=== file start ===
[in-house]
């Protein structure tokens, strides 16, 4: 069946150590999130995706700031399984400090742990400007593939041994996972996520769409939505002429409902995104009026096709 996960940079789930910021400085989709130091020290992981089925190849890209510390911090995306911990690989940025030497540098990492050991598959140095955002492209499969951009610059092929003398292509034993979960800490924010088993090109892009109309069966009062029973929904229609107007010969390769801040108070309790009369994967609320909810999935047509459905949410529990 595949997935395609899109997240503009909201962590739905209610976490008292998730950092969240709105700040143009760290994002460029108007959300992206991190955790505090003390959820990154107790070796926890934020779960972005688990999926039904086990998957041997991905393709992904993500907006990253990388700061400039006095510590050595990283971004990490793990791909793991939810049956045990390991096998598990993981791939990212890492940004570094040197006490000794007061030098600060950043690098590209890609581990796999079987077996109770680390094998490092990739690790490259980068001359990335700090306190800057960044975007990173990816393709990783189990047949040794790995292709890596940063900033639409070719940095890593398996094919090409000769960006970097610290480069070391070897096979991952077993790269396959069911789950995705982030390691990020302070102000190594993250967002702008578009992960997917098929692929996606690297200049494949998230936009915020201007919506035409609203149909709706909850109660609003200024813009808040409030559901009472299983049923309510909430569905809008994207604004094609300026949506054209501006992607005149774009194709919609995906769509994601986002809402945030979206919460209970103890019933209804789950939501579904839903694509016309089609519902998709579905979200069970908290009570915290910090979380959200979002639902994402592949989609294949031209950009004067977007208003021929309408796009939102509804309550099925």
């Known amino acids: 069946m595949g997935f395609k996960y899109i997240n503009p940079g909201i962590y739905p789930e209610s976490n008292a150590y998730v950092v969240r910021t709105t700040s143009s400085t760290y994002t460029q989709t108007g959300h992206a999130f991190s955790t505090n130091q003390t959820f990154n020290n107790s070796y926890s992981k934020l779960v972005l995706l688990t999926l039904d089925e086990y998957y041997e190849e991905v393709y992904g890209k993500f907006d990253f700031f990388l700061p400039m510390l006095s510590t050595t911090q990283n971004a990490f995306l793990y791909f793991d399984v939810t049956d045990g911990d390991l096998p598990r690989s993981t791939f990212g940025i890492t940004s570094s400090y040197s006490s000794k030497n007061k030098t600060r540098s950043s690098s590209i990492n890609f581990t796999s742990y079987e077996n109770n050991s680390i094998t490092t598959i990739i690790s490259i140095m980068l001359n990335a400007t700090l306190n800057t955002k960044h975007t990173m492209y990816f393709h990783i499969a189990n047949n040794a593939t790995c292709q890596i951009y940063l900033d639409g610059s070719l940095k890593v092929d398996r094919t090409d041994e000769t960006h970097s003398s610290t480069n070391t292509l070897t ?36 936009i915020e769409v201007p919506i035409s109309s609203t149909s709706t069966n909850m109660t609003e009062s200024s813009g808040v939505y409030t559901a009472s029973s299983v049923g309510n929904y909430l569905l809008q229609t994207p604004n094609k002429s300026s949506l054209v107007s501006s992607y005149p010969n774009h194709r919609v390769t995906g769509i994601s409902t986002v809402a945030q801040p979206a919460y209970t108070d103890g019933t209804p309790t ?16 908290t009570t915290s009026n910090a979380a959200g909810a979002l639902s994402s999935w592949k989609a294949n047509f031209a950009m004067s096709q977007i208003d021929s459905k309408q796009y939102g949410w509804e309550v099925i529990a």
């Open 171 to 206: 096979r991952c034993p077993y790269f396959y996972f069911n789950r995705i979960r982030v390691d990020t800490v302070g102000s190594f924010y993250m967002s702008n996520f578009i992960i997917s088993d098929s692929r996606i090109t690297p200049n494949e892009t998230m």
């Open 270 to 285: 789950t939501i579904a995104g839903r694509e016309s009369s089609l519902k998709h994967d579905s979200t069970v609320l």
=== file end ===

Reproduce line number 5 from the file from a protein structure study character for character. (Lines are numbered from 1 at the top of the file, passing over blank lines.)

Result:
């Open 270 to 285: 789950t939501i579904a995104g839903r694509e016309s009369s089609l519902k998709h994967d579905s979200t069970v609320l």